In order to fulfill some of our patron's unit requests, I've had to begin statting out the sizes, carrying capacity, and other characteristics of very large creatures - rocs, dinosaurs, etc.
Since in my game designs I always try to be as grounded as possible, the formula I use to assess the value of an animal includes a factor for carrying capacity and a factor for years to maturity, both of which are impacted by physiological factors such as muscle mass and body form. This was easy for horses and camels. I wanted to bring a similar level of empirical study to the more fantastical creatures.
I decided to review the scientific literature to see what could be learned. "How much can an eagle carry? That might influence how much a roc can carry." I was of course familiar with the square-cube law, which states that as size increases, mass increases at a faster rate, imposing a limit on maximum size. And I was familiar with the idea that large animals can't fly because their muscles can't generate enough lift. So I knew a roc couldn't be "real".
What I didn't realize is that scientists have no real idea how dinosaurs or prehistoric eagles could be "real" either!
Consider Angelos C. Economis article on "The largest land mammal", where he demonstrates that a land animal cannot be larger than 20,000 kg: http://www.sciencedirect.com/science/article/pii/0022519381903076
That's interesting, because we have fossil records of dinosaurs five times as large.
Ah, you say! It's because big dinosaurs are amphibious - they live in swamps where the water would help support their weight. The problem is that the big dinosaurs show all the hallmarks of being terrestrial, not amphibious, and their fossils have never been found in swamps. Robert Bakker convincingly showed that dinosaurs weren't amphibious at all. But to this day, it's not clear how they supported their weight, pumped blood, or lifted their heads. (As the literature puts it, "dinosaur biometrics are not well understood." When a scientist says "not well understood", he means "baffling anomalies".)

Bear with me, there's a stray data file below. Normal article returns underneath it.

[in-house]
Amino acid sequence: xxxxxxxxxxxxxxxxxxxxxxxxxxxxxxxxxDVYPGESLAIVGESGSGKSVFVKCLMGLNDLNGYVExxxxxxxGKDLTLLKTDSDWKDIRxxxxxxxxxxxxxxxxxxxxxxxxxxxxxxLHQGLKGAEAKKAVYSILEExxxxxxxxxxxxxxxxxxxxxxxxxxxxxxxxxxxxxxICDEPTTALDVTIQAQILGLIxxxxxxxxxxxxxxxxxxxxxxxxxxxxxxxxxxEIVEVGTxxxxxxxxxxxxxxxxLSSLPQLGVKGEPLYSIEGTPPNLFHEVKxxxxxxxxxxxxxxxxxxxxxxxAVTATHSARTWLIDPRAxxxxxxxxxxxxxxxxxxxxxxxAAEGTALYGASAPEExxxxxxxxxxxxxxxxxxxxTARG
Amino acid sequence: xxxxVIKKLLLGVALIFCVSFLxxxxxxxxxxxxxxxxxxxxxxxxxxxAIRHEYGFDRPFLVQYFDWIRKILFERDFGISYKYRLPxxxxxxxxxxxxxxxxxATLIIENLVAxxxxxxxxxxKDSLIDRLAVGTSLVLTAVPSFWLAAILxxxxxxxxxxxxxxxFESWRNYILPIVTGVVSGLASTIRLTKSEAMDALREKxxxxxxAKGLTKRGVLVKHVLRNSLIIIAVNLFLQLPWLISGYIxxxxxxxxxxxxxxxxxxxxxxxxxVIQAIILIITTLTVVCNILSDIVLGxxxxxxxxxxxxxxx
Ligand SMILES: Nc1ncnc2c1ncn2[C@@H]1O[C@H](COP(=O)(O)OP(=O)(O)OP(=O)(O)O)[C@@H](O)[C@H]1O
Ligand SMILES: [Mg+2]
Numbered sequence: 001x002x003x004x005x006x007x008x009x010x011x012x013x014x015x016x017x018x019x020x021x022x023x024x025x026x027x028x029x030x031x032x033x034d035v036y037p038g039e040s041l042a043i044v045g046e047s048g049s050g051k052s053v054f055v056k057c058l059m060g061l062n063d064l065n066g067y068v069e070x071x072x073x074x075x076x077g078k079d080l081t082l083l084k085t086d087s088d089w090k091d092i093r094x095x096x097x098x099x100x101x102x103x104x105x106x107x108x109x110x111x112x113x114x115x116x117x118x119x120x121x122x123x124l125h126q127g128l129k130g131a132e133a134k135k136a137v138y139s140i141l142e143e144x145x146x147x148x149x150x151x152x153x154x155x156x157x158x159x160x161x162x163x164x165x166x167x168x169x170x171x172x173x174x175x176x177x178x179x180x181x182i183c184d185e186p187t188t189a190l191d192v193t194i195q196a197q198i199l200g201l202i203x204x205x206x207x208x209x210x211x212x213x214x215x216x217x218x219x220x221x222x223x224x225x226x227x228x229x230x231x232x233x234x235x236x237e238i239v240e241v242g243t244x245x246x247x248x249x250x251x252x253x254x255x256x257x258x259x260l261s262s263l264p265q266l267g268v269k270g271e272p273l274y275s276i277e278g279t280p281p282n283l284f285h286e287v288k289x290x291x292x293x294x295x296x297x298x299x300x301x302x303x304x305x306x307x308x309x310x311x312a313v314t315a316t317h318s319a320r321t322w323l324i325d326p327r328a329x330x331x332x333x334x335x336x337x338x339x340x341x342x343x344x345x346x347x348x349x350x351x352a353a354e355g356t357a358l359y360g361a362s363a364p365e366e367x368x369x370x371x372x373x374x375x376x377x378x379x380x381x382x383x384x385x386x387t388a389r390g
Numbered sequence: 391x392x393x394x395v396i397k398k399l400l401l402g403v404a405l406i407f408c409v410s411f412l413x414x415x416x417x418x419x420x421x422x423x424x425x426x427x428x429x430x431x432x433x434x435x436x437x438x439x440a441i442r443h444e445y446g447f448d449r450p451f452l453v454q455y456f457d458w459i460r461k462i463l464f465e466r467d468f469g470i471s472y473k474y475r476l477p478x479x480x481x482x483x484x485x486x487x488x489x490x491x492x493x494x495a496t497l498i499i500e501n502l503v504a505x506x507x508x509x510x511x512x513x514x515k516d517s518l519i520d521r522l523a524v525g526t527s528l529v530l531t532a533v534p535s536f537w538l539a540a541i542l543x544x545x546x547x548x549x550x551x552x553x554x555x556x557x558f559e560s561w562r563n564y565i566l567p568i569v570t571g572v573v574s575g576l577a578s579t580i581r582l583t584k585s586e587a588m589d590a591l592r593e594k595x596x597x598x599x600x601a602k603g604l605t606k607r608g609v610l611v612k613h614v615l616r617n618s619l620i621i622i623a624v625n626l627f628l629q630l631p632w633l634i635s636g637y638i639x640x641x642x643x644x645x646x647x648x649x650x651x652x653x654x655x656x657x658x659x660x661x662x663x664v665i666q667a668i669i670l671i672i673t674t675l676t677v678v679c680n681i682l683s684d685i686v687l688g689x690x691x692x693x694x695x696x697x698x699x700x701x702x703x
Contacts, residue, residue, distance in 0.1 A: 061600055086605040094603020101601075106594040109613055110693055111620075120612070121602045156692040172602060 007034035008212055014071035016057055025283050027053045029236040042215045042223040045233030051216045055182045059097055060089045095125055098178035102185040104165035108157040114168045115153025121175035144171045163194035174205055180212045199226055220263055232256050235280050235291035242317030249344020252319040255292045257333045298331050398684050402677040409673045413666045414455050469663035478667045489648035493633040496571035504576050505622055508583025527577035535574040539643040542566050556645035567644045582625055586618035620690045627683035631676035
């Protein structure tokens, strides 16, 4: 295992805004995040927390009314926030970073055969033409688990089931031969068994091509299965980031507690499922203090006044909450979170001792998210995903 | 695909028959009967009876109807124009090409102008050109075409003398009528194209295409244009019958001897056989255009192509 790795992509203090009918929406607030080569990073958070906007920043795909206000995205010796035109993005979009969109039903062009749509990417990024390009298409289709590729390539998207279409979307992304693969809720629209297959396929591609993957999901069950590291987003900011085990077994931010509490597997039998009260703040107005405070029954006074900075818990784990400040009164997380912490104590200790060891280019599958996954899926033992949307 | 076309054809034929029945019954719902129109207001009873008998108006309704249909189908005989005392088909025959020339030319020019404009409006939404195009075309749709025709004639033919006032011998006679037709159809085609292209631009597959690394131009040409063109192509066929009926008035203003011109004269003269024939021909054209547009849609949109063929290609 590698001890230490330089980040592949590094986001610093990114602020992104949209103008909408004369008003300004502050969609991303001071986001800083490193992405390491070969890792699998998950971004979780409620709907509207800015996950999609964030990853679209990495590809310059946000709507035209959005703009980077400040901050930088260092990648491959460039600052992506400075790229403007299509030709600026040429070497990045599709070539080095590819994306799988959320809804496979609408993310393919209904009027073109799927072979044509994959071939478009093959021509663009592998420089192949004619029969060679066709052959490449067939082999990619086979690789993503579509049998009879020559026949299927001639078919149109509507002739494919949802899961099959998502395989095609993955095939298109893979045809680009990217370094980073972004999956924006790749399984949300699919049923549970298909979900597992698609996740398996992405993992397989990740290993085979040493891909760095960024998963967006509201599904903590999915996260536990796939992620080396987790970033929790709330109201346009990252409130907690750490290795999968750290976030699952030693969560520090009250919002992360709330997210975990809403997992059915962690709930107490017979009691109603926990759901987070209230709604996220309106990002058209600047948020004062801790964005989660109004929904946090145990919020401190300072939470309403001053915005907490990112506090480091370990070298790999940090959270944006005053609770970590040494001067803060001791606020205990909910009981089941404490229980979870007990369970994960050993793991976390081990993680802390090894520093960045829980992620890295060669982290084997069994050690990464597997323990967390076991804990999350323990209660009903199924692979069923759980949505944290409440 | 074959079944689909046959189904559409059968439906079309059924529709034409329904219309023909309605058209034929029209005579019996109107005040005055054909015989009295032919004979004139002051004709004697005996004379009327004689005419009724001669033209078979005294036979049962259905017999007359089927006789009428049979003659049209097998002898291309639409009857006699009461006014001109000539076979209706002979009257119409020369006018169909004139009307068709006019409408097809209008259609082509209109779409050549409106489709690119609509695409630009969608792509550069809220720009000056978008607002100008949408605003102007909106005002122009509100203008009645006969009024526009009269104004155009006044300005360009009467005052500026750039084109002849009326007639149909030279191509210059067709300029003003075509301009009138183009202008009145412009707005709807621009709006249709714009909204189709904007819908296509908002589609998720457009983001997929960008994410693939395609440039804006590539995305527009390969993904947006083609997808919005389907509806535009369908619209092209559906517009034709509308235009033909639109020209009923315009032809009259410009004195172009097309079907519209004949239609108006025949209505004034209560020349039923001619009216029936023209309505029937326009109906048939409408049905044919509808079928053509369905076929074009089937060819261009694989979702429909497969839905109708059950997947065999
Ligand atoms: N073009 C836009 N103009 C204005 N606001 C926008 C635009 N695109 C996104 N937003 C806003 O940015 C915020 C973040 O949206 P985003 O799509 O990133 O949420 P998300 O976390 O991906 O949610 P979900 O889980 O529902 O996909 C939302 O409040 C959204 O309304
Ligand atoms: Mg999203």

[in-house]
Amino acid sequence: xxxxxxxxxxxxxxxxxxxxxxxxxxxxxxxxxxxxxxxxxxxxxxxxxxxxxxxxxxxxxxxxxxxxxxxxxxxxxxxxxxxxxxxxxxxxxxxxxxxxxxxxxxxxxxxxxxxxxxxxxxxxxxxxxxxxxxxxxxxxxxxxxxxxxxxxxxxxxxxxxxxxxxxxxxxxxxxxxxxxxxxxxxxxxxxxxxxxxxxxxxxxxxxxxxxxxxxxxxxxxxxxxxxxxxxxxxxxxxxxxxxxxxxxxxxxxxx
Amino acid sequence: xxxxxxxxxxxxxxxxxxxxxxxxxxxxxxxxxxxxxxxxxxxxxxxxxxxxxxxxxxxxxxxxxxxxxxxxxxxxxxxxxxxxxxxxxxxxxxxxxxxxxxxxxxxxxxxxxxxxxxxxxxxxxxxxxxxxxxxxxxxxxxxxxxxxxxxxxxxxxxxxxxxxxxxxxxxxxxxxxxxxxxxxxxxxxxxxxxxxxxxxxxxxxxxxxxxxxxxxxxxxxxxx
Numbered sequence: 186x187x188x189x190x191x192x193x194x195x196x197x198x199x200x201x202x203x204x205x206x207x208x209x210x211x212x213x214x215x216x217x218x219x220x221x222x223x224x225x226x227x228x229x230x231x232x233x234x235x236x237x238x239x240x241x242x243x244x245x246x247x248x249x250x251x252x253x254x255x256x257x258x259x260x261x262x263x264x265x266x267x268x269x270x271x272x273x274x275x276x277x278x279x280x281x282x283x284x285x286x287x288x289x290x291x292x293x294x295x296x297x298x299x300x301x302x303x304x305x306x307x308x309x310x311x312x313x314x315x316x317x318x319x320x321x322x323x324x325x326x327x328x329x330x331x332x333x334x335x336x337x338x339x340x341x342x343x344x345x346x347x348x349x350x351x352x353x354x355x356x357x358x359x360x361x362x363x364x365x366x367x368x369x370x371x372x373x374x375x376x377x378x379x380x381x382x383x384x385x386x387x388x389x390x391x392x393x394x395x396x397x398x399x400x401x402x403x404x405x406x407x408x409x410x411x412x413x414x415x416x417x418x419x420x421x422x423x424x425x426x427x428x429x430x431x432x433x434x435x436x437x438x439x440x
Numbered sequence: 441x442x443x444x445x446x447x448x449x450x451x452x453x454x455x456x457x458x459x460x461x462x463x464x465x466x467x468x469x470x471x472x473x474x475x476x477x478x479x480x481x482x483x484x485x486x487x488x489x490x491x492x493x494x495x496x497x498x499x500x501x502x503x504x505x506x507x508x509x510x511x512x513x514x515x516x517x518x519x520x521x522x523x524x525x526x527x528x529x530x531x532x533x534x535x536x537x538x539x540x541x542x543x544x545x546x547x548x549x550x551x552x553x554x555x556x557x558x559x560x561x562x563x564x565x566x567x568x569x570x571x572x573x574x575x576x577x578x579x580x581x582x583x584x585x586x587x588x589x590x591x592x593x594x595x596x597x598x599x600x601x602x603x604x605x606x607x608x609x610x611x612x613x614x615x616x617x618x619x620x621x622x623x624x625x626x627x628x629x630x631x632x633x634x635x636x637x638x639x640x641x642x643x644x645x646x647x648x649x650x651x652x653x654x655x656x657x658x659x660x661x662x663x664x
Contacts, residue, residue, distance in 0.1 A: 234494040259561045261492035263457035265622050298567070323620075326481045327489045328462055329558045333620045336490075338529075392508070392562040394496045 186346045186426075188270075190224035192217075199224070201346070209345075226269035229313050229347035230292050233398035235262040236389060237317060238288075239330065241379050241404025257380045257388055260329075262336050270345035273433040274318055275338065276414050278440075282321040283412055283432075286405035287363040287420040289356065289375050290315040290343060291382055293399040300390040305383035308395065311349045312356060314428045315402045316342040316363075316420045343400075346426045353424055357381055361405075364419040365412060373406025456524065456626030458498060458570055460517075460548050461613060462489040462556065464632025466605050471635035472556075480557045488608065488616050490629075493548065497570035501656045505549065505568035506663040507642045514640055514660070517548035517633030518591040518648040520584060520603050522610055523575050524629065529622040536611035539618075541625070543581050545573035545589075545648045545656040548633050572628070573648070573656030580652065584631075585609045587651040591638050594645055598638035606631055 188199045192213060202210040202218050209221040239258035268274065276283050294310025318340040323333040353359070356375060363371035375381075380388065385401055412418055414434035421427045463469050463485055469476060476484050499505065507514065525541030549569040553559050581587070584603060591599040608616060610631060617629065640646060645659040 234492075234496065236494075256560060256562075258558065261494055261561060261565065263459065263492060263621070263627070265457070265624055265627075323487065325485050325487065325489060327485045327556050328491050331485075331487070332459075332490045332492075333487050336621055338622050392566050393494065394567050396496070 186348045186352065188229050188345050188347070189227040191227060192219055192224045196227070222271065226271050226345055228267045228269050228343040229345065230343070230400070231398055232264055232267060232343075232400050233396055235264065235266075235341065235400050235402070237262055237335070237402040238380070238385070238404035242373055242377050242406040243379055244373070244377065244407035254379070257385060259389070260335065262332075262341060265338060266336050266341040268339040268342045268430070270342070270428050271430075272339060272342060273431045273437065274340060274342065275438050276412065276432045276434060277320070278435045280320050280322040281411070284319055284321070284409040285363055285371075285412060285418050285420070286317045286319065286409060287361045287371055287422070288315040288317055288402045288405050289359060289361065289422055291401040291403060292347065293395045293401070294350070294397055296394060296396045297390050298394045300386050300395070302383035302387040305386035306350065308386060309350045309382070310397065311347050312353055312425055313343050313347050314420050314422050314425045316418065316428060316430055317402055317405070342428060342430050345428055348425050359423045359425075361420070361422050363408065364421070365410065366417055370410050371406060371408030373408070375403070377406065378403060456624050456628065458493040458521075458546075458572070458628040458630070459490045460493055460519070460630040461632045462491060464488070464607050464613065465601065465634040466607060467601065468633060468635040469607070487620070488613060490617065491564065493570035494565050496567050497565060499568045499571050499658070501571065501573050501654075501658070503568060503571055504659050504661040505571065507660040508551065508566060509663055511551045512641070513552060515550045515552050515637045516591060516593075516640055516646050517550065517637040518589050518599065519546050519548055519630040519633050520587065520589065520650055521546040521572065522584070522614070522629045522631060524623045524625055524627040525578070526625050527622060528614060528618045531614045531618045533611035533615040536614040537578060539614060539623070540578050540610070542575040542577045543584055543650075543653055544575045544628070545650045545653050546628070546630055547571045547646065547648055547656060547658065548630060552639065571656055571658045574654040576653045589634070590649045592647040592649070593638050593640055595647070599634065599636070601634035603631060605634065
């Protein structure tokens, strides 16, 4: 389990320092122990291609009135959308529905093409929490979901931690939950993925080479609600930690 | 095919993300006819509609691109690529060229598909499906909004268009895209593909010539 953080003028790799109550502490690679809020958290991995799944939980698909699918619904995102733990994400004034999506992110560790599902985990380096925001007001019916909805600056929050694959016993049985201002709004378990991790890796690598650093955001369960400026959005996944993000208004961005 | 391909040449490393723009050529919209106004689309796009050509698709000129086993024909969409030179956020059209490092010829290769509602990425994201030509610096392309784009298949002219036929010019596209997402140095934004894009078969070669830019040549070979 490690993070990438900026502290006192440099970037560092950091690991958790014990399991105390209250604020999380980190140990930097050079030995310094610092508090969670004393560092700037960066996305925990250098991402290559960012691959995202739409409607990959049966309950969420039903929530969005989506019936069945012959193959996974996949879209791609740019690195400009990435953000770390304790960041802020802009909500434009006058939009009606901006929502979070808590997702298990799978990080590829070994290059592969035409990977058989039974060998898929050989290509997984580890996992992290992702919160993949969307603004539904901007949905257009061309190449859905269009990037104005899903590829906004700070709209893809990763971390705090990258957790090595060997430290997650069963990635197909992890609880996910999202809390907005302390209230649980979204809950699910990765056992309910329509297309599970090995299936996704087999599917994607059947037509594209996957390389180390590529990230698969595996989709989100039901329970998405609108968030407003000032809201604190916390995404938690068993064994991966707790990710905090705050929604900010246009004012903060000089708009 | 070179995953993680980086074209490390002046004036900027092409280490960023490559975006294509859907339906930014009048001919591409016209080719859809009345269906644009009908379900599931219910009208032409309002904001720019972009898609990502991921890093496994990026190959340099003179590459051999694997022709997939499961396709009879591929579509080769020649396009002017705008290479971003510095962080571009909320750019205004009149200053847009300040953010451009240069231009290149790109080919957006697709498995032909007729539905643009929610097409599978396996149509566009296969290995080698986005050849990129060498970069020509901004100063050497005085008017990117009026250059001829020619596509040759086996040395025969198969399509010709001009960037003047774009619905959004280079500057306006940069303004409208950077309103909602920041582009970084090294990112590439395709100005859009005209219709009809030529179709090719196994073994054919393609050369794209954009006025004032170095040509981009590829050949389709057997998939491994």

It gets wierder. The largest birds today is the wandering albatross. It's so large that it can hardly fly, and it's generally considered to be at the upper limit of powered flight by birds. For centuries, eagle breeders have been trying to breed larger and larger eagles. They've never gotten them bigger than 25-30lbs. So what does one make of Argentavis Magnificens, a 150lb bird with a 7m wingspan?
Or, even more interestingly, what do we make of Quetzalcoatlus, who some experts think might have reached 15m in wingspan and 450kg in weight?
The scientific literature is beside itself over Quetzalcoatlus. Some scientists argue that it must have only weighed 70kg in order to fly - which physiologists then claim is far too skinny, as the creature is the size of a 1,000kg giraffe.
Others claim the creature must have weighed 450kg, and that it couldn't fly - even though everything about its body build, frame, wing span, and other characteristics suggest it *could*. So they more-or-less split the difference, call it 250kg, and say it could fly long enough to glide.
I won't even begin to get into the fact that dinosaurs like T-Rex were bipedal, and show some evidence for adaptions that would have let them *jump*, or the fact that there may have been pterosaurs larger than Quetzalcoatlus, or dinosaurs bigger than Brachiosaurus.
All of which is a very long way of explaining why, ultimately, I think I'm ok with the fact that rocs can fly, and dragons can be huge and fast, even though I can't explain how. If you ask me, I'm going to say "the flight mechanics of rocs are not well understood" and "the biometrics of dragons are not well understood".